GAZA (Reuters) -- Palestinian militants in the Gaza Strip launched rockets into southern Israel on January 18 in defiance of the unilateral ceasefire that Israel declared hours earlier and which Hamas pledged to ignore.
After 22 days of fierce assaults in the Gaza Strip, Israel appeared to be back at the starting point -- threatening strong military action unless cross-border rocket salvoes stopped.
Palestinians rushed to remove bodies from rubble and survey damage to homes damaged or destroyed in Israel's most powerful offensive in the Gaza Strip in decades.
Egypt's President Hosni Mubarak invited European leaders to a hastily called a summit in the Red Sea resort of Sharm el-Sheikh to try to bolster the unilateral truce although Israel had sidestepped his efforts to achieve a negotiated end to the hostilities with Hamas.
Israel's unilateral ceasefire went into effect at 2 a.m. local time. Within hours, five rockets were fired at the Israeli town of Sderot, causing no casualties, an Israeli military spokesman said.
The attacks came as no surprise; Hamas said it would not accept the presence of Israeli forces in the Gaza Strip and would "continue to resist them". Israel has said full withdrawal was contingent on the Islamist group ceasing fire.
In what appeared to be a limited military response, Israeli aircraft struck the site where the rockets were launched. Islamic Jihad and the Popular Resistance Committees claimed responsibility for the salvoes.
Several hours later, another rocket slammed into Israel, the military spokesman said, an attack claimed by Hamas's armed wing.
No casualties were reported in the rocket attacks or the air strike.
But in the first reported fatality since the ceasefire began, a Palestinian was killed by Israeli forces near the town of Khan Younis after mortar bombs were fired from the area, medical workers said, identifying him as a civilian.
In an address late on January 17, Olmert said the Israeli operation, launched on December 27 with the declared aim of ending cross-border rocket attacks that had killed 18 people in Israel over the previous eight years, had achieved all its objectives.
The deaths of hundreds of Palestinian civilians and mounting destruction and hardship in the Gaza Strip brought strong international pressure on Israel to stop the offensive.
Olmert cited internationally backed understandings with Egypt, Gaza's southern neighbor, on preventing Hamas from rearming through smuggling tunnels as a reason behind Israel's decision to call off its attacks.
Left unsettled was an issue at the heart of the conflict -- Israel's blockade of the Gaza Strip -- and Islamist Hamas, though hit hard by the air and ground campaign, remained the de facto force within the coastal enclave.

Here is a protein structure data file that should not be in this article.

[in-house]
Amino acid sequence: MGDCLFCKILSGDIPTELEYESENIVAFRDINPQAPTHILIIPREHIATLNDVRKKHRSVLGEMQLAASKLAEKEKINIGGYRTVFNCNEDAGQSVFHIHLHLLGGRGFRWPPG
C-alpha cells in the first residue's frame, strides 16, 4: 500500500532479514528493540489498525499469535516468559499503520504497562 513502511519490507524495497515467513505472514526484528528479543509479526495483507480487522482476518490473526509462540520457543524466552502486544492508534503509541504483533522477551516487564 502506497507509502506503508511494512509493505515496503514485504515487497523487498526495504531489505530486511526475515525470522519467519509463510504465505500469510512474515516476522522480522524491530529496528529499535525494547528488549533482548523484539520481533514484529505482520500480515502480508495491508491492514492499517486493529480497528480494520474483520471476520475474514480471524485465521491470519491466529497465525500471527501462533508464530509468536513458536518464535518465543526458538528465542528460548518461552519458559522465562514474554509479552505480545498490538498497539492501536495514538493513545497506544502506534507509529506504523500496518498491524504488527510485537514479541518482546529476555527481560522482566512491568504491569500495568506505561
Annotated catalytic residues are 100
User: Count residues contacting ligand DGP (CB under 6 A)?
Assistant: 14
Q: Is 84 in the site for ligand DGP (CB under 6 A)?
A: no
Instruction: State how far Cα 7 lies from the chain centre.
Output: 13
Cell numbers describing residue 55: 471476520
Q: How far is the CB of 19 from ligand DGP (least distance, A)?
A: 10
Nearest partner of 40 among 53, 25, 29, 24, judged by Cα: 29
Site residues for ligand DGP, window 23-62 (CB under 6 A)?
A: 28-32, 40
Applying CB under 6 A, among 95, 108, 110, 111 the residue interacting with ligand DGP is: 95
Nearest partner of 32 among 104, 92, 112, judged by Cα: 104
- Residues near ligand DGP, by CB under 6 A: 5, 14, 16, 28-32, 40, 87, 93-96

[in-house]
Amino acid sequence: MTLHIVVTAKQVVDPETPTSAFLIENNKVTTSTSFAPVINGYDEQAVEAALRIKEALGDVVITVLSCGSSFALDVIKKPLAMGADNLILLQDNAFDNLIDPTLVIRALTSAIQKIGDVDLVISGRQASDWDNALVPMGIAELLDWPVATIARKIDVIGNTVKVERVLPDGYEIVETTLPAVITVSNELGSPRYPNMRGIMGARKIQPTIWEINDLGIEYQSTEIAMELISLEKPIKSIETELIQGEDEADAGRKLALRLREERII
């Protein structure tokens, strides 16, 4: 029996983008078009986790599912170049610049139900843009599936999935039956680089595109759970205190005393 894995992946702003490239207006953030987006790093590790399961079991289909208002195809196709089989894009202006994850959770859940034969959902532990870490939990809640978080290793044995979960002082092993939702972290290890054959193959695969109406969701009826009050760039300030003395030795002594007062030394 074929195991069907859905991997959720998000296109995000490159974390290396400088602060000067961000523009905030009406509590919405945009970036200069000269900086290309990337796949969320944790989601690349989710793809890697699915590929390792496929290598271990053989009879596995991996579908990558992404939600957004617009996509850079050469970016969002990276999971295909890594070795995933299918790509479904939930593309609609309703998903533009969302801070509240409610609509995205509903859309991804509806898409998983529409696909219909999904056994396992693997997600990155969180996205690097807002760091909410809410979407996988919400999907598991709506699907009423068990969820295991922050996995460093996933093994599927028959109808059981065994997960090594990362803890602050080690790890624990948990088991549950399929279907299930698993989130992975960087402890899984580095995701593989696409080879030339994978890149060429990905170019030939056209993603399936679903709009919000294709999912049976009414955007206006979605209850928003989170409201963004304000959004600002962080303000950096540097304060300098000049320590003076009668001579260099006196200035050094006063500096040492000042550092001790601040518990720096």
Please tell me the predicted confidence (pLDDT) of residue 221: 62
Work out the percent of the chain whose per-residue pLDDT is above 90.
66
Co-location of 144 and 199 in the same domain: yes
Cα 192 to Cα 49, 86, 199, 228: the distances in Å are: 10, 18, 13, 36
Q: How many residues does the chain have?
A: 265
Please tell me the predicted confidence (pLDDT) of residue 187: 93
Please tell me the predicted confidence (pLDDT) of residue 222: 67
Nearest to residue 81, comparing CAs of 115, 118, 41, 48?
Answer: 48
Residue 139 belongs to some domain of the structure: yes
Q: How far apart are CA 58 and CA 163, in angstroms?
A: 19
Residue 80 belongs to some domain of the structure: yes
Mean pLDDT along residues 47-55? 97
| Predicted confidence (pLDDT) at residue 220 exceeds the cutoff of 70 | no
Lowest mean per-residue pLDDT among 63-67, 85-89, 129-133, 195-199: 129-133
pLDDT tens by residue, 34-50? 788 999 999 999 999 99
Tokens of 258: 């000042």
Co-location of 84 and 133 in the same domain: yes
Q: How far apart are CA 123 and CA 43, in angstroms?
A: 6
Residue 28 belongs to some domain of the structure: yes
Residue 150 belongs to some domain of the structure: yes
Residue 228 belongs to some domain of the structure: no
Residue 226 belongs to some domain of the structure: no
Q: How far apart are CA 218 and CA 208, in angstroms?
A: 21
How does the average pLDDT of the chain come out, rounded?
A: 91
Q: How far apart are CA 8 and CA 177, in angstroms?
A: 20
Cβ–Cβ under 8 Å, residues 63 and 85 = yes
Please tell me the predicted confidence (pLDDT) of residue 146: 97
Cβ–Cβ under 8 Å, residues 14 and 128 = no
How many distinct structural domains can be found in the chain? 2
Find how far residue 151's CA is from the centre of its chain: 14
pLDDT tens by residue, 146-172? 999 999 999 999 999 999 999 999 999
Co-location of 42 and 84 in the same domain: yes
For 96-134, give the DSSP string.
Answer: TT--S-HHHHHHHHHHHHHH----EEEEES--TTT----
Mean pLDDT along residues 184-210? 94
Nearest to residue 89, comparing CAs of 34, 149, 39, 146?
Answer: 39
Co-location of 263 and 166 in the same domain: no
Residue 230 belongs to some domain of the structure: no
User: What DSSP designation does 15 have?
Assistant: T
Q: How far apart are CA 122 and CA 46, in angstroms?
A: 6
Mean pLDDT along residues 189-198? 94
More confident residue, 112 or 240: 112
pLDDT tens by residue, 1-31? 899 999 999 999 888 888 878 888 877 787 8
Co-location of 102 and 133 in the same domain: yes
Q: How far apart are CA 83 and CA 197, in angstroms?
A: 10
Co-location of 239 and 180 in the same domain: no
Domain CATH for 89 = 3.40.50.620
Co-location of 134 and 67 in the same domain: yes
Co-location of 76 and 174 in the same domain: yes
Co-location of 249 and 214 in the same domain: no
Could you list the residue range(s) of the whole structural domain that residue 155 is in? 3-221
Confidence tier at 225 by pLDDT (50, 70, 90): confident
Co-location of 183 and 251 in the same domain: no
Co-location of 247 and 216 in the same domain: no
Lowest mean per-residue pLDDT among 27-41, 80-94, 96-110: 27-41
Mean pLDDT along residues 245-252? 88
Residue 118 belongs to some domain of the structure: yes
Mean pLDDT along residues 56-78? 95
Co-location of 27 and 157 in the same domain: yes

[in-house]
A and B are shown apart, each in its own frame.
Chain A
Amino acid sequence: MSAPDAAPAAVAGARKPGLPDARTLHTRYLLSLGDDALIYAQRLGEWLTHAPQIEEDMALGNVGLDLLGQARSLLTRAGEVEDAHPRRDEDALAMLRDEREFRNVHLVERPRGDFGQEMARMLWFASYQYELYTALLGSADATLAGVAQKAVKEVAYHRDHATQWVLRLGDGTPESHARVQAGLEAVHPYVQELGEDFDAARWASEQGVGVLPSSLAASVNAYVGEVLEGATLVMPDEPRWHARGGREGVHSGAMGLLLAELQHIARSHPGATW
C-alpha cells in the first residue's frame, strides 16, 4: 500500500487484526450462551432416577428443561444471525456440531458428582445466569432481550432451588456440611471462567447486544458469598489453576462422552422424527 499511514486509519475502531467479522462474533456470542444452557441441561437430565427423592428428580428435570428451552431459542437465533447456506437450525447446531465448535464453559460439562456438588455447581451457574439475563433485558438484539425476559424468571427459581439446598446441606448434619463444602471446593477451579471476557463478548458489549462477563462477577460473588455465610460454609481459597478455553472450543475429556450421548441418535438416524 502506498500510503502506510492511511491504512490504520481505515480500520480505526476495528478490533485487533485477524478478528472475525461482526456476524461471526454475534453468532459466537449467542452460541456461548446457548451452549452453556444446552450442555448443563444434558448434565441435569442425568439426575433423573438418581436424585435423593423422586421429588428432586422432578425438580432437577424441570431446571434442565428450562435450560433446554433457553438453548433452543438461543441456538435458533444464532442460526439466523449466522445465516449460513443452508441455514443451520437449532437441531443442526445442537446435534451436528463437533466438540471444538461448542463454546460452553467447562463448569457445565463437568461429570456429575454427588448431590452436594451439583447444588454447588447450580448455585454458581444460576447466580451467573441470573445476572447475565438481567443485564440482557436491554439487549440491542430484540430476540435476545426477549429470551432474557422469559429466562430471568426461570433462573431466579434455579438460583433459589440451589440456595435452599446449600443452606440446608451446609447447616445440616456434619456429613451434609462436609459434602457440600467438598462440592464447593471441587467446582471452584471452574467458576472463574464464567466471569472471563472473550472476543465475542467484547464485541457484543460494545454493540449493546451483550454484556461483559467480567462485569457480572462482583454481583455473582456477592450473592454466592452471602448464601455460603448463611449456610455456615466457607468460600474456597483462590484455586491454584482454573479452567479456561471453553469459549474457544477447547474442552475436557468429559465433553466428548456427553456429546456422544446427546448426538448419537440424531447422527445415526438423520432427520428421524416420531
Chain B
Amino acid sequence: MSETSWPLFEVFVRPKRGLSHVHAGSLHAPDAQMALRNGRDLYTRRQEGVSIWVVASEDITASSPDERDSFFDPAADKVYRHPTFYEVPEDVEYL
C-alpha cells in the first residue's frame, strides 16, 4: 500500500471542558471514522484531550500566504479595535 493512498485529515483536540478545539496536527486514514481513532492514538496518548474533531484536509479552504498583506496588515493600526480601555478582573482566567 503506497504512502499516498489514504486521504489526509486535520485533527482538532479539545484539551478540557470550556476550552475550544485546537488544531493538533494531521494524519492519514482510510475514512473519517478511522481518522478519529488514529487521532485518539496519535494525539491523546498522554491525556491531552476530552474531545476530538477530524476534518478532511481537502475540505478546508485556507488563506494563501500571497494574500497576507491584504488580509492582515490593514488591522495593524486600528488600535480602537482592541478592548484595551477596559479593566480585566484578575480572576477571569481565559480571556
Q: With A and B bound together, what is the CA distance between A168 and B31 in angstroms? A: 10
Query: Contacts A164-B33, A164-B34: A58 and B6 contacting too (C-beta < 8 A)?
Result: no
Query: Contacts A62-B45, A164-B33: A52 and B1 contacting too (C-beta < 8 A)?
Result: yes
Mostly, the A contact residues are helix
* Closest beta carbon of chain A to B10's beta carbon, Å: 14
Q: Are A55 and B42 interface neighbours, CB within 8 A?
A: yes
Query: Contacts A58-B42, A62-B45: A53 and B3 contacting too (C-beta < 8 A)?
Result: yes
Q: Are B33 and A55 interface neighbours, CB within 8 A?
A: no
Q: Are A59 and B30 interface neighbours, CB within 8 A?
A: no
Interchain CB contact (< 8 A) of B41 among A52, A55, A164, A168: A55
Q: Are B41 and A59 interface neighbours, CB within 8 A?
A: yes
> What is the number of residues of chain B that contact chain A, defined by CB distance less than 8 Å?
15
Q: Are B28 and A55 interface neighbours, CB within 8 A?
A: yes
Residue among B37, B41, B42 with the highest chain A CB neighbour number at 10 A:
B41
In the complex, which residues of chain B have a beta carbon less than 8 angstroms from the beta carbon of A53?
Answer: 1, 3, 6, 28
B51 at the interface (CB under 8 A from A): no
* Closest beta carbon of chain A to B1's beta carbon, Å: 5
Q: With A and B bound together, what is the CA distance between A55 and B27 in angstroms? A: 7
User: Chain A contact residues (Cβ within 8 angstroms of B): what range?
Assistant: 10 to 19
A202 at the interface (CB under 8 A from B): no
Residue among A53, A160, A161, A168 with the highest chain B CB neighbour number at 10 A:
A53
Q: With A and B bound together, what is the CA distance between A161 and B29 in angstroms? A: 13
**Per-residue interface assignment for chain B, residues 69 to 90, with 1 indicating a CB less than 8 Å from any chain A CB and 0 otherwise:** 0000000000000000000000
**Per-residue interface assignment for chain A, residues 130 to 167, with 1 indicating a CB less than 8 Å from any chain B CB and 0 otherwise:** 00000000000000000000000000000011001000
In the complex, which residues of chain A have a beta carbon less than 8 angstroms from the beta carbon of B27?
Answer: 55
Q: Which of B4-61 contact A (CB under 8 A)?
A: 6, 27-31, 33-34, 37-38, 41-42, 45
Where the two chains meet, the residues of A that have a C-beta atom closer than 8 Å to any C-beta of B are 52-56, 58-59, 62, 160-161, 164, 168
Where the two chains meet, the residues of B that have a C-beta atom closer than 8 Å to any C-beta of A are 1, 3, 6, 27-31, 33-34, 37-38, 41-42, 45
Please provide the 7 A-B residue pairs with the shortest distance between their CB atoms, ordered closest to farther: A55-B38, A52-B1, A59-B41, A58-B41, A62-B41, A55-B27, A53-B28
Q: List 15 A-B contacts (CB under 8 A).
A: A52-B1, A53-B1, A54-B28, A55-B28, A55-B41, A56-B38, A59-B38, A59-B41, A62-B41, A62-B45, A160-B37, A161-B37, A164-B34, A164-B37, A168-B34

"The enemy has failed to end the rocket attacks and they are still reaching deep into the Zionist entity," Hamas official Mushir al-Masri said.
Israeli attacks killed more than 1,200 Palestinians -- including some 700 civilians -- during the offensive, Gaza medical officials said. Israel said hundreds of gunmen were among the dead. Ten Israeli soldiers and three civilians hit by rockets were killed.
Hours after the ceasefire began, Israeli soldiers moved out of the northern Gaza town of Beit Lahiya, an area militants have used as a launching ground for cross-border rocket strikes.
Ambulances picked up more than 55 bodies, most of them gunmen, that had yet to be recovered from the rubble of buildings and open areas in and around Beit Lahiya, Hamas police and health officials said.
Residents who had left during the fighting returned to survey what remained of their homes. Children picked through the debris to uncover school bags and torn books.
"Thank God, you are alive," one man told a neighbor. "The house can be rebuilt, God willing."
A column of Israeli tanks and soldiers, some holding Israeli flags, withdrew from the Gaza Strip for what the army called "rest and relaxation".
But several of the tanks established a position 100 meters on the Gaza side of the border while others remained deployed on the eastern edge of the city of Gaza.
Tanks were also seen in the former Jewish settlement of Netzarim, continuing to split the Gaza Strip in two.
In a message blared from a loudspeaker in a Gaza mosque, Hamas said it "congratulates our people at this victory achieved by our people and their resistance, foremost the Qassam Brigades which forced the occupation forces to withdraw".
Without an accord with Hamas, diplomats said they feared Israel would let only a trickle of goods into Gaza, hampering reconstruction and creating more hardship for its people.
UN Secretary General Ban Ki-moon hailed the ceasefire but also urged Israel to pull out its forces from Gaza rapidly.
U.S. Secretary of State Condoleezza Rice, who had spoken up for what Israel saw as its right to self-defence despite the civilian casualties, said she hoped for a durable ceasefire and a long-term settlement for the problems of Gaza.
Rice and President George W. Bush are stepping down and many analysts believe Israel, eager for smooth relations from the outset with the new president, has been keen to end the fighting before Barack Obama takes over the White House on January 20.